Charges against EMS dispatcher in asthma death dropped

June 25, 2013 3:16:54 PM PDT
Melissa Jackson insists she has nothing to apologize for.

"Apologize for what, exactly?" said Melissa Jackson, an EMS dispatcher.

Ms. Jackson is an EMS dispatcher and a trained emergency medical technician.

She was having coffee at Au Bon Pain with her boyfriend in December of 2009. She was on-duty and in-uniform when one of the clerks suffered an asthma attack in a back room.

Eutisha Rennix was six months pregnant and her co-workers were begging for help.

Instead, prosecutors say Ms. Jackson called an ambulance, got her coffee, and left. They say she never even looked at Eutisha who later died, along with her unborn child.

"This wasn't just an asthma attack, this was a cataclysmic episode that ultimately led to Ms. Rennix's death," said Kevin Richardson, Assistant Brooklyn District Attorney.

Melissa Jackson was arrested and charged with official misconduct under the city's rule that medics have a legal duty to intervene.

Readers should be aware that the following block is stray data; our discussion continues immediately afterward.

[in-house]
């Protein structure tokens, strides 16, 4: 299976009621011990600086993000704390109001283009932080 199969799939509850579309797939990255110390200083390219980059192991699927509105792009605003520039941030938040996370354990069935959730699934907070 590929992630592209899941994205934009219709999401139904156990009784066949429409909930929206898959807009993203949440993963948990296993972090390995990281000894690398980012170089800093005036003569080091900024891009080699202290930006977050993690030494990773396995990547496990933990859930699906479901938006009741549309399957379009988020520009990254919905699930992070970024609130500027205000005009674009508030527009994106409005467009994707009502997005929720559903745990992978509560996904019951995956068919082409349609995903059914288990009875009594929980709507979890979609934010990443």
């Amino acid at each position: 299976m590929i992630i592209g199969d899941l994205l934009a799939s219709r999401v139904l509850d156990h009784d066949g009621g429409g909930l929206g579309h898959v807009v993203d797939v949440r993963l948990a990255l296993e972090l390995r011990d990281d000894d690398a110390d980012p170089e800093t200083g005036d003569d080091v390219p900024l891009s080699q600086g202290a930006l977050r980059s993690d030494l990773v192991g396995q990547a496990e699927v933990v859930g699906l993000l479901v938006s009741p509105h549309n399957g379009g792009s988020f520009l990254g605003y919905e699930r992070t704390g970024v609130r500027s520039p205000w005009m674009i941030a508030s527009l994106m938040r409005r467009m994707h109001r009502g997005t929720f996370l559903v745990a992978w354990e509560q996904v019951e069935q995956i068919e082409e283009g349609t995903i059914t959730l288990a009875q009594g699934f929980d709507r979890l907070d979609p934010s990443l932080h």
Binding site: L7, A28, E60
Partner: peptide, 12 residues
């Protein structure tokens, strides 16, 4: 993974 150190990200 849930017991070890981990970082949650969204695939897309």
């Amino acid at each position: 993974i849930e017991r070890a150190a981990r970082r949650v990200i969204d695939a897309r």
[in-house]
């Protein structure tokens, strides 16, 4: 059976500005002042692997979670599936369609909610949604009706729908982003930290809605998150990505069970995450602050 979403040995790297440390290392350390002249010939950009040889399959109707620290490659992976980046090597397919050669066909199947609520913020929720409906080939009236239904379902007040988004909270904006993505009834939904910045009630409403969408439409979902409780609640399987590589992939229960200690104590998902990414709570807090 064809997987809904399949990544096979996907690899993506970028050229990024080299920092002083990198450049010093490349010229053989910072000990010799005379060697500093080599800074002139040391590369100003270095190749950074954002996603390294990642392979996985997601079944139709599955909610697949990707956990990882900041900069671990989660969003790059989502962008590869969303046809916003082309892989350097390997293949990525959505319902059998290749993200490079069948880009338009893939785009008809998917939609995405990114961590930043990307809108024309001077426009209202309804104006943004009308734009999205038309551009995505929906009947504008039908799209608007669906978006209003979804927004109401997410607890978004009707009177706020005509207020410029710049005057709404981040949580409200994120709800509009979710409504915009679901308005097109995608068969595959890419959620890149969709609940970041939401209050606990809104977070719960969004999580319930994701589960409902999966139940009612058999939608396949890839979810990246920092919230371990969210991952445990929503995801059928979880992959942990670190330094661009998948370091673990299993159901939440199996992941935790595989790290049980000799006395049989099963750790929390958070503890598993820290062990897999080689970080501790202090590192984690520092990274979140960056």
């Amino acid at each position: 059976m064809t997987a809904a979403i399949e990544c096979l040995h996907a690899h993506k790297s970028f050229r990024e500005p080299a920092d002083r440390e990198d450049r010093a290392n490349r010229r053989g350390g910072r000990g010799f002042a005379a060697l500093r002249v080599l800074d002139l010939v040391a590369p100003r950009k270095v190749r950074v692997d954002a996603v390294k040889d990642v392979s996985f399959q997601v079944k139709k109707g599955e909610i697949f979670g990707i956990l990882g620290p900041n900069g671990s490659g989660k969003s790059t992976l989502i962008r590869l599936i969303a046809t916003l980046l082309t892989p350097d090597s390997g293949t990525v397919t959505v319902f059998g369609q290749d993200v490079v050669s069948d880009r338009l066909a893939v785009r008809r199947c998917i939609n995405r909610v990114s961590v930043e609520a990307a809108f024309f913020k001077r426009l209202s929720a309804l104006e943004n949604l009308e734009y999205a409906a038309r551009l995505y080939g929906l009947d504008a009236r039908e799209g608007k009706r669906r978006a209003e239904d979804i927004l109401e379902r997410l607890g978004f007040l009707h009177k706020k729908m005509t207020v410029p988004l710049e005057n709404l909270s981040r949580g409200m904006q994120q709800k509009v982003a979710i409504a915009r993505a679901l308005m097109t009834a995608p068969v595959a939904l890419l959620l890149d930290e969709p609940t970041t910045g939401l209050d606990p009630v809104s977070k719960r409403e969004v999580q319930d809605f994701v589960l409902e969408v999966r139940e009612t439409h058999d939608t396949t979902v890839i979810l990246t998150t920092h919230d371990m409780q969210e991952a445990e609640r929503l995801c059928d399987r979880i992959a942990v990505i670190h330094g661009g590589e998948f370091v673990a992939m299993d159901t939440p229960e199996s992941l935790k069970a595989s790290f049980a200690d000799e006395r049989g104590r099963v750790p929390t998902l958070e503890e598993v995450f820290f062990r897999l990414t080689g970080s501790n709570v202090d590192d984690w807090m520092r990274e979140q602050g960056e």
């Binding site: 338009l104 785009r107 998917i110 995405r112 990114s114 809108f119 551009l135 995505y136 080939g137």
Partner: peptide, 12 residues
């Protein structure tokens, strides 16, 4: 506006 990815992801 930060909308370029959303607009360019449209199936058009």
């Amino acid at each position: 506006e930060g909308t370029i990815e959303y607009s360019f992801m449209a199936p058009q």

But the charges were dropped Tuesday after the chief of New York's EMS division told prosecutors the rule does not apply to EMS dispatchers.

Ms. Jackson says it's a vindication.

"I had no type of equipment to render any care because I work in a dispatch center behind a computer," Jackson said.

"So you sleep well at night?" Eyewitness News reporter N.J. Burkett asked.

"Yes, I do, I always have because I did everything that I was able to do," Jackson said.

Cynthia Rennix is Eutisha's mother.

"She has no feelings and no conscience of a human being. She's in the wrong profession to begin with," Rennix said.